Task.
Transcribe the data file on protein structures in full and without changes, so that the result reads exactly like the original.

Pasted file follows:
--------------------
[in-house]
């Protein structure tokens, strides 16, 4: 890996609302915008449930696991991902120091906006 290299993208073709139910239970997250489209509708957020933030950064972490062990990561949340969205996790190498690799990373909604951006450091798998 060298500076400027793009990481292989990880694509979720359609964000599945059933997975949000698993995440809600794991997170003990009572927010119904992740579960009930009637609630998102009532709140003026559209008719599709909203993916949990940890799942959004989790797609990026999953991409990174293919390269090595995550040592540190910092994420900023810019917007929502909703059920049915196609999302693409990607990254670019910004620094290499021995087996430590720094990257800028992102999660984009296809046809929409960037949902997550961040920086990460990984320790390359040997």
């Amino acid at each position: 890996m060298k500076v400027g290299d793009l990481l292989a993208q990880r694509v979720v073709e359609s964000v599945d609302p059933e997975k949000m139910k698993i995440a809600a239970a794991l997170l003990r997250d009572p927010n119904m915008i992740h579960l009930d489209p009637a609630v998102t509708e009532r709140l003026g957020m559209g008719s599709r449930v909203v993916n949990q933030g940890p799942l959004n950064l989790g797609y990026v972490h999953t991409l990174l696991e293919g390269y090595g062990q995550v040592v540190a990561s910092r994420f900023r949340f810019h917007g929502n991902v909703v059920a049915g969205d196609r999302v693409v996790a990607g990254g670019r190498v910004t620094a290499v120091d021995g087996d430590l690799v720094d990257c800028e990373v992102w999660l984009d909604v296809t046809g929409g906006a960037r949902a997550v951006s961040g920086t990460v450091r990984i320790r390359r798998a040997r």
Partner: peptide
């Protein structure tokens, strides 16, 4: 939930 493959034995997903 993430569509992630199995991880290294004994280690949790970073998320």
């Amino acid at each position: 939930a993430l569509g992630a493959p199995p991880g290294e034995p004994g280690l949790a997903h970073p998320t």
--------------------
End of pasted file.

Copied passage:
[in-house]
């Protein structure tokens, strides 16, 4: 890996609302915008449930696991991902120091906006 290299993208073709139910239970997250489209509708957020933030950064972490062990990561949340969205996790190498690799990373909604951006450091798998 060298500076400027793009990481292989990880694509979720359609964000599945059933997975949000698993995440809600794991997170003990009572927010119904992740579960009930009637609630998102009532709140003026559209008719599709909203993916949990940890799942959004989790797609990026999953991409990174293919390269090595995550040592540190910092994420900023810019917007929502909703059920049915196609999302693409990607990254670019910004620094290499021995087996430590720094990257800028992102999660984009296809046809929409960037949902997550961040920086990460990984320790390359040997």
């Amino acid at each position: 890996m060298k500076v400027g290299d793009l990481l292989a993208q990880r694509v979720v073709e359609s964000v599945d609302p059933e997975k949000m139910k698993i995440a809600a239970a794991l997170l003990r997250d009572p927010n119904m915008i992740h579960l009930d489209p009637a609630v998102t509708e009532r709140l003026g957020m559209g008719s599709r449930v909203v993916n949990q933030g940890p799942l959004n950064l989790g797609y990026v972490h999953t991409l990174l696991e293919g390269y090595g062990q995550v040592v540190a990561s910092r994420f900023r949340f810019h917007g929502n991902v909703v059920a049915g969205d196609r999302v693409v996790a990607g990254g670019r190498v910004t620094a290499v120091d021995g087996d430590l690799v720094d990257c800028e990373v992102w999660l984009d909604v296809t046809g929409g906006a960037r949902a997550v951006s961040g920086t990460v450091r990984i320790r390359r798998a040997r």
Partner: peptide
């Protein structure tokens, strides 16, 4: 939930 493959034995997903 993430569509992630199995991880290294004994280690949790970073998320």
């Amino acid at each position: 939930a993430l569509g992630a493959p199995p991880g290294e034995p004994g280690l949790a997903h970073p998320t």